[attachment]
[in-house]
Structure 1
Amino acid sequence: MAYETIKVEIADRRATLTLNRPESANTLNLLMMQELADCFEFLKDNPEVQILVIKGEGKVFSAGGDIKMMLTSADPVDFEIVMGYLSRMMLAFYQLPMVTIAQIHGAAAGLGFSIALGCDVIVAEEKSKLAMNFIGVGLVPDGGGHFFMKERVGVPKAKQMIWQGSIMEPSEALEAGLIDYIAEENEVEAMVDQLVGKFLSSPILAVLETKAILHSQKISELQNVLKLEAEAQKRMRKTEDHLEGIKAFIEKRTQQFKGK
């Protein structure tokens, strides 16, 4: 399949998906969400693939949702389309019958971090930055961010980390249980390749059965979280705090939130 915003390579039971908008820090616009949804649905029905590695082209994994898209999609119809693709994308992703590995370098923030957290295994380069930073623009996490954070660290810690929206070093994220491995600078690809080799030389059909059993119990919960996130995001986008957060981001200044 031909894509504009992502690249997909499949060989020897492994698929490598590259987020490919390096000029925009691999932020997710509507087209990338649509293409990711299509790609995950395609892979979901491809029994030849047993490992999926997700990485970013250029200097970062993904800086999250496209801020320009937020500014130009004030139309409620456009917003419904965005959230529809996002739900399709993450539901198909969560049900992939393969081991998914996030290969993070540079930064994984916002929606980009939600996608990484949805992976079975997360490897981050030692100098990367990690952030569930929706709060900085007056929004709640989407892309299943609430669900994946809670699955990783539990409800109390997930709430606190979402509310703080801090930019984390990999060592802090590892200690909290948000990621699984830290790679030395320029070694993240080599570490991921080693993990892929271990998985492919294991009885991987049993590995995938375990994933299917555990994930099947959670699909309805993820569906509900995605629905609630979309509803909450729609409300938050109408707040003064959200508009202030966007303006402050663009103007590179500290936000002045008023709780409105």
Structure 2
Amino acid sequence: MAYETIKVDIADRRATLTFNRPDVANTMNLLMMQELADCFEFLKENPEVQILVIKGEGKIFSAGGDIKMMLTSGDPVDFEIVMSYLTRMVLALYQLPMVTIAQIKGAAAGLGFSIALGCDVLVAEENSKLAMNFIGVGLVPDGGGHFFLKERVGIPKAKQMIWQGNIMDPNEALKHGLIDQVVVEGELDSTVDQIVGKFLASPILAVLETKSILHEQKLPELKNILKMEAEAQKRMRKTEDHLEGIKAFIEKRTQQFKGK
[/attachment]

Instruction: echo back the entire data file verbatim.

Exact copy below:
[in-house]
Structure 1
Amino acid sequence: MAYETIKVEIADRRATLTLNRPESANTLNLLMMQELADCFEFLKDNPEVQILVIKGEGKVFSAGGDIKMMLTSADPVDFEIVMGYLSRMMLAFYQLPMVTIAQIHGAAAGLGFSIALGCDVIVAEEKSKLAMNFIGVGLVPDGGGHFFMKERVGVPKAKQMIWQGSIMEPSEALEAGLIDYIAEENEVEAMVDQLVGKFLSSPILAVLETKAILHSQKISELQNVLKLEAEAQKRMRKTEDHLEGIKAFIEKRTQQFKGK
């Protein structure tokens, strides 16, 4: 399949998906969400693939949702389309019958971090930055961010980390249980390749059965979280705090939130 915003390579039971908008820090616009949804649905029905590695082209994994898209999609119809693709994308992703590995370098923030957290295994380069930073623009996490954070660290810690929206070093994220491995600078690809080799030389059909059993119990919960996130995001986008957060981001200044 031909894509504009992502690249997909499949060989020897492994698929490598590259987020490919390096000029925009691999932020997710509507087209990338649509293409990711299509790609995950395609892979979901491809029994030849047993490992999926997700990485970013250029200097970062993904800086999250496209801020320009937020500014130009004030139309409620456009917003419904965005959230529809996002739900399709993450539901198909969560049900992939393969081991998914996030290969993070540079930064994984916002929606980009939600996608990484949805992976079975997360490897981050030692100098990367990690952030569930929706709060900085007056929004709640989407892309299943609430669900994946809670699955990783539990409800109390997930709430606190979402509310703080801090930019984390990999060592802090590892200690909290948000990621699984830290790679030395320029070694993240080599570490991921080693993990892929271990998985492919294991009885991987049993590995995938375990994933299917555990994930099947959670699909309805993820569906509900995605629905609630979309509803909450729609409300938050109408707040003064959200508009202030966007303006402050663009103007590179500290936000002045008023709780409105």
Structure 2
Amino acid sequence: MAYETIKVDIADRRATLTFNRPDVANTMNLLMMQELADCFEFLKENPEVQILVIKGEGKIFSAGGDIKMMLTSGDPVDFEIVMSYLTRMVLALYQLPMVTIAQIKGAAAGLGFSIALGCDVLVAEENSKLAMNFIGVGLVPDGGGHFFLKERVGIPKAKQMIWQGNIMDPNEALKHGLIDQVVVEGELDSTVDQIVGKFLASPILAVLETKSILHEQKLPELKNILKMEAEAQKRMRKTEDHLEGIKAFIEKRTQQFKGK